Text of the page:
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Crushed and reoriented sea fans

Crushed and reoriented sea fans are found throughout much of the Florida Keys National Marine Sanctuary where Hurricane Irma came cross the island chain. Credit: Steve Gittings/NOAA

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corals broken and dislodged with sections of the reef framework fractured

In areas of the Florida Keys National Marine Sanctuary where Hurricane Irma crossed, corals were broken and dislodged with sections of the reef framework fractured. Credit: Steve Gittings/NOAA

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Portions of the coral reef tract fractured

Portions of the coral reef tract fractured where Hurricane Irma's eyewall crossed the Lower Florida Keys. Credit: Steve Gittings/NOAA

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branching elkhorn coral

Just as on land, Hurricane Irma affected some areas of the coral reef less than others. This branching elkhorn coral suffered only minor breakage. Credit: Steve Gittings/NOAA

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A large mangrove rests among displaced lobster traps at Conch Reef

A large mangrove rests among displaced lobster traps at Conch Reef in the Florida Keys National Marine Sanctuary. Lobster fishermen lost tens of thousands of traps in Hurricane Irma less than a month after the beginning of harvest season. Credit: Steve Gittings/NOAA

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A thin sediment accumulated along Alligator Reef

A thin sediment accumulated along Alligator Reef and most of the reef tract within the Florida Keys National Marine Sanctuary. Credit: Steve Gittings/NOAA

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sponge with its top sheared off

Storm-force waves sheared the tops off sponges, especially in the upper portion of the Florida Keys National Marine Sanctuary. Credit: Steve Gittings/NOAA

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sponge with its top sheared off

Storm-force waves sheared the tops off sponges, especially in the upper portion of the Florida Keys National Marine Sanctuary. Credit: Steve Gittings/NOAA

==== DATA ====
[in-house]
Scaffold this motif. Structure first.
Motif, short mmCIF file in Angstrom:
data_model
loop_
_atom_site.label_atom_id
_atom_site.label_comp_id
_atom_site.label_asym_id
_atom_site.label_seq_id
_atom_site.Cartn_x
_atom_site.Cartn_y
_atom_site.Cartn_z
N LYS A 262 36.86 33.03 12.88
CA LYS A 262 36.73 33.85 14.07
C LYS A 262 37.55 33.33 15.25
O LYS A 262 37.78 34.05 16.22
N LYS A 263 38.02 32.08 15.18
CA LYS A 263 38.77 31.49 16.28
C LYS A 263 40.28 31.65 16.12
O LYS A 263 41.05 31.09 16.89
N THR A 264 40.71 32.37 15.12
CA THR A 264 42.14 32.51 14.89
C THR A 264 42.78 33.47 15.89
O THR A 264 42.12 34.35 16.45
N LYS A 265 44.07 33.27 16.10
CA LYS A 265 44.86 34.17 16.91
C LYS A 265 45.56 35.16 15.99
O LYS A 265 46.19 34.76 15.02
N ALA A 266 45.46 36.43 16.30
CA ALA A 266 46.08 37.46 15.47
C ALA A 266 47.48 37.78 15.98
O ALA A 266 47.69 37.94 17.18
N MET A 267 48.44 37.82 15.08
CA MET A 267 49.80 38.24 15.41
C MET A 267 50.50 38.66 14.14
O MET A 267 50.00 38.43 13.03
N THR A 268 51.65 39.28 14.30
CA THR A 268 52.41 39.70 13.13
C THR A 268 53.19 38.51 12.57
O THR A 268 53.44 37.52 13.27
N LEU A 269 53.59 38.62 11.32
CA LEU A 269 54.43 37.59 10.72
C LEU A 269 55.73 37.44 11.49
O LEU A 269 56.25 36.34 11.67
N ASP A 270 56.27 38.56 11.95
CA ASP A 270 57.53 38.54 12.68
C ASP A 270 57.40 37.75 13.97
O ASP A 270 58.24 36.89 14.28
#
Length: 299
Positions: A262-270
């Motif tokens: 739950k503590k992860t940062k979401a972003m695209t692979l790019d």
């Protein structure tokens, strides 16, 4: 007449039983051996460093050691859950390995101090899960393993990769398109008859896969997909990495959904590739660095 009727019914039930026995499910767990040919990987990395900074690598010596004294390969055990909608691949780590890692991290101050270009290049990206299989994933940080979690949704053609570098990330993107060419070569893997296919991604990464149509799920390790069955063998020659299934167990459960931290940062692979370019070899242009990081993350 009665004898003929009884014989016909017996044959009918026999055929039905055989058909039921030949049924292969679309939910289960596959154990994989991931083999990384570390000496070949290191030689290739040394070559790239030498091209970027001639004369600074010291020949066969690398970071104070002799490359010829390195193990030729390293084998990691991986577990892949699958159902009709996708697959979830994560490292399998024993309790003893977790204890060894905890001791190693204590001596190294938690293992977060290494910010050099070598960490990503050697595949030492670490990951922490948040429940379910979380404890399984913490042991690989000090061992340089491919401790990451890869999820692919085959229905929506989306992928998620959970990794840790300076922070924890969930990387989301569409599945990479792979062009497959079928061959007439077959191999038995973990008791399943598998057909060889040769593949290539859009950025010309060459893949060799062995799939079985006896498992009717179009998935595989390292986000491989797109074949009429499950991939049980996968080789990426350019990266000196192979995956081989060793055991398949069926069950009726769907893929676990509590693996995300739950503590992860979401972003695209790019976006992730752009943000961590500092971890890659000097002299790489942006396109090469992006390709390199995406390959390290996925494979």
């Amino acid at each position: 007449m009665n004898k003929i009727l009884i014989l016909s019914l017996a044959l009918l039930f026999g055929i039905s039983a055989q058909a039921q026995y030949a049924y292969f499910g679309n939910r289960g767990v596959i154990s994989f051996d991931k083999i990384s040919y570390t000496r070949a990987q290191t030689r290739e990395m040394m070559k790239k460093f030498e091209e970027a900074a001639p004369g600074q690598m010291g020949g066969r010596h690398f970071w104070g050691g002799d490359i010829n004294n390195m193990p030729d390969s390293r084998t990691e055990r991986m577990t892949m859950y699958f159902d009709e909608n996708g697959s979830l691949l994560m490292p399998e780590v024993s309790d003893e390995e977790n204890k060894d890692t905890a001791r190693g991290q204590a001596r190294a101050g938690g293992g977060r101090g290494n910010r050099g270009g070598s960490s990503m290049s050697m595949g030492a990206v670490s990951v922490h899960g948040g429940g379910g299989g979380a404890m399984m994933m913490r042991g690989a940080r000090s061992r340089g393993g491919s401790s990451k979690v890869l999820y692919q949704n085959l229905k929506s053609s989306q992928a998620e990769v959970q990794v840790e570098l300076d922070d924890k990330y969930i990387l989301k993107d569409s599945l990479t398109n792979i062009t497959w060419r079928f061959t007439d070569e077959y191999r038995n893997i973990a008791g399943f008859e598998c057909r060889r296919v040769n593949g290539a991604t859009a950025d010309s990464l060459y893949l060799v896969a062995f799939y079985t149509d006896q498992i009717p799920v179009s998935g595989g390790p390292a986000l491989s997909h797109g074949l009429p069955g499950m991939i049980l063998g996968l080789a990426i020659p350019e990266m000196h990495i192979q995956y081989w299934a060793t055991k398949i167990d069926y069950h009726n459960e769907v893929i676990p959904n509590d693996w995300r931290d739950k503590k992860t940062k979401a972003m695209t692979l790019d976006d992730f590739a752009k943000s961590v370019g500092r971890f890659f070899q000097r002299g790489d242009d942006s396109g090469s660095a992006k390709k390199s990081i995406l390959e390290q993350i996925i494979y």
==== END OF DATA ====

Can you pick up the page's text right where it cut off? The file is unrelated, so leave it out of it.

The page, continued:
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sponge with its top sheared off

Storm-force waves sheared the tops off sponges, especially in the upper portion of the Florida Keys National Marine Sanctuary. Credit: Steve Gittings/NOAA

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sponge with its top sheared off

Storm-force waves sheared the tops off sponges, especially in the upper portion of the Florida Keys National Marine Sanctuary. Credit: Steve Gittings/NOAA

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Sand and sediment stirred up by Hurricane Irma cover a sponge

Sand and sediment stirred up by Hurricane Irma resulted in widespread sponge mortality. Credit: Steve Gittings/NOAA

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Wire wrapped around staghorn coral

Wire wrapped around staghorn coral is indicative of strong wave action carrying marine debris into Florida’s coral reef tract. Credit: Steve Gittings/NOAA

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noaa boat shearwater

A liveaboard dive boat allowed scientists to remain at sea during the rapid assessment mission in the Florida Keys National Marine Sanctuary. Credit: Katey Lesneski/Boston University

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deep sediment in areas where sea fans, corals, and sponges grow

Hurricane Irma changed the ocean floor by depositing deep sediment in areas where sea fans, corals, and sponges grow. Credit: Brenda Altmeier/NOAA

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Science divers note the species, size, location and recommendation for the restoration of corals

Science divers note the species, size, location and recommendation for the restoration of corals in the Florida Keys National Marine Sanctuary after Hurricane Irma crossed the island chain. Credit: FORCE BLUE

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divers using lift bags to flipp and stabilize a 700 lbs brain coral

Former Special Operations divers with FORCE BLUE work alongside NOAA and Coral Restoration Foundation in triage and restoration of corals affected by Hurricane Irma. Using lift bags, the team flipped and stabilized this 700-pound brain coral that's estimated to be more than 150 years old. Photo: FORCE BLUE